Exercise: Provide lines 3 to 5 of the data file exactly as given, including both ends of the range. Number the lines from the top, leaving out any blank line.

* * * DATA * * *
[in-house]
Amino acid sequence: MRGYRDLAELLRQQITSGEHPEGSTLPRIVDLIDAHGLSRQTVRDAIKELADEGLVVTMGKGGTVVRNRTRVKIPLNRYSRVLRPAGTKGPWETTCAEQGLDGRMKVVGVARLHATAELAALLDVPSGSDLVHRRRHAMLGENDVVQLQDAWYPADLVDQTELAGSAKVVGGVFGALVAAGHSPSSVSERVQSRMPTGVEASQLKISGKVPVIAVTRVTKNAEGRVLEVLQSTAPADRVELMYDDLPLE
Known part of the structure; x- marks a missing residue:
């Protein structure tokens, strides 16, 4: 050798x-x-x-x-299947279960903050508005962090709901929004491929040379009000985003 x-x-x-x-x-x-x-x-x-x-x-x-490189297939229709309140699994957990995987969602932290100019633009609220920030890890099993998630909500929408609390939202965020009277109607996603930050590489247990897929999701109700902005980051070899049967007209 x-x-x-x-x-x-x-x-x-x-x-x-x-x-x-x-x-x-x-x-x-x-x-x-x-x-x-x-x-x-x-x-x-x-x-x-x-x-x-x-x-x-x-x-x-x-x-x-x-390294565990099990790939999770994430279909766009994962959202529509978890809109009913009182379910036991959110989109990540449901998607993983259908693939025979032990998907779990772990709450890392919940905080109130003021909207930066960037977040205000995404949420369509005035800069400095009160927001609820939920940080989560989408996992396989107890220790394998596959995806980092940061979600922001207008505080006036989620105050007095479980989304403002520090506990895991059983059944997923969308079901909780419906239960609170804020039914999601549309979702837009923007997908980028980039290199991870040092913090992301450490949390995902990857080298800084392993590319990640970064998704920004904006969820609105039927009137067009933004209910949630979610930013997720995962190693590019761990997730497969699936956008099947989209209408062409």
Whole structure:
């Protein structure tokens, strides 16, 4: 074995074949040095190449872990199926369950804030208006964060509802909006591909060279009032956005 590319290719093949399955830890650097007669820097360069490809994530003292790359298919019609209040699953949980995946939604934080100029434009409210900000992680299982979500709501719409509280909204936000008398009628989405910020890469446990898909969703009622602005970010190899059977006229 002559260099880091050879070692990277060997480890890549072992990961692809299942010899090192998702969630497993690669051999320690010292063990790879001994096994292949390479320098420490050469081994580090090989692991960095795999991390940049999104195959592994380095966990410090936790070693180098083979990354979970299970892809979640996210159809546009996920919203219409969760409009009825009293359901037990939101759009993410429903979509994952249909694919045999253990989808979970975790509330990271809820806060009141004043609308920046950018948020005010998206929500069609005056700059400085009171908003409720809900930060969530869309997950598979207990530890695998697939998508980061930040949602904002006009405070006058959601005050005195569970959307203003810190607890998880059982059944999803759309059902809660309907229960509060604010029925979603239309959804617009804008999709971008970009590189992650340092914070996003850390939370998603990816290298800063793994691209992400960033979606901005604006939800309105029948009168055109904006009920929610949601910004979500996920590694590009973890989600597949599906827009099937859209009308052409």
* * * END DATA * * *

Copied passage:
Known part of the structure; x- marks a missing residue:
């Protein structure tokens, strides 16, 4: 050798x-x-x-x-299947279960903050508005962090709901929004491929040379009000985003 x-x-x-x-x-x-x-x-x-x-x-x-490189297939229709309140699994957990995987969602932290100019633009609220920030890890099993998630909500929408609390939202965020009277109607996603930050590489247990897929999701109700902005980051070899049967007209 x-x-x-x-x-x-x-x-x-x-x-x-x-x-x-x-x-x-x-x-x-x-x-x-x-x-x-x-x-x-x-x-x-x-x-x-x-x-x-x-x-x-x-x-x-x-x-x-x-390294565990099990790939999770994430279909766009994962959202529509978890809109009913009182379910036991959110989109990540449901998607993983259908693939025979032990998907779990772990709450890392919940905080109130003021909207930066960037977040205000995404949420369509005035800069400095009160927001609820939920940080989560989408996992396989107890220790394998596959995806980092940061979600922001207008505080006036989620105050007095479980989304403002520090506990895991059983059944997923969308079901909780419906239960609170804020039914999601549309979702837009923007997908980028980039290199991870040092913090992301450490949390995902990857080298800084392993590319990640970064998704920004904006969820609105039927009137067009933004209910949630979610930013997720995962190693590019761990997730497969699936956008099947989209209408062409």
Whole structure: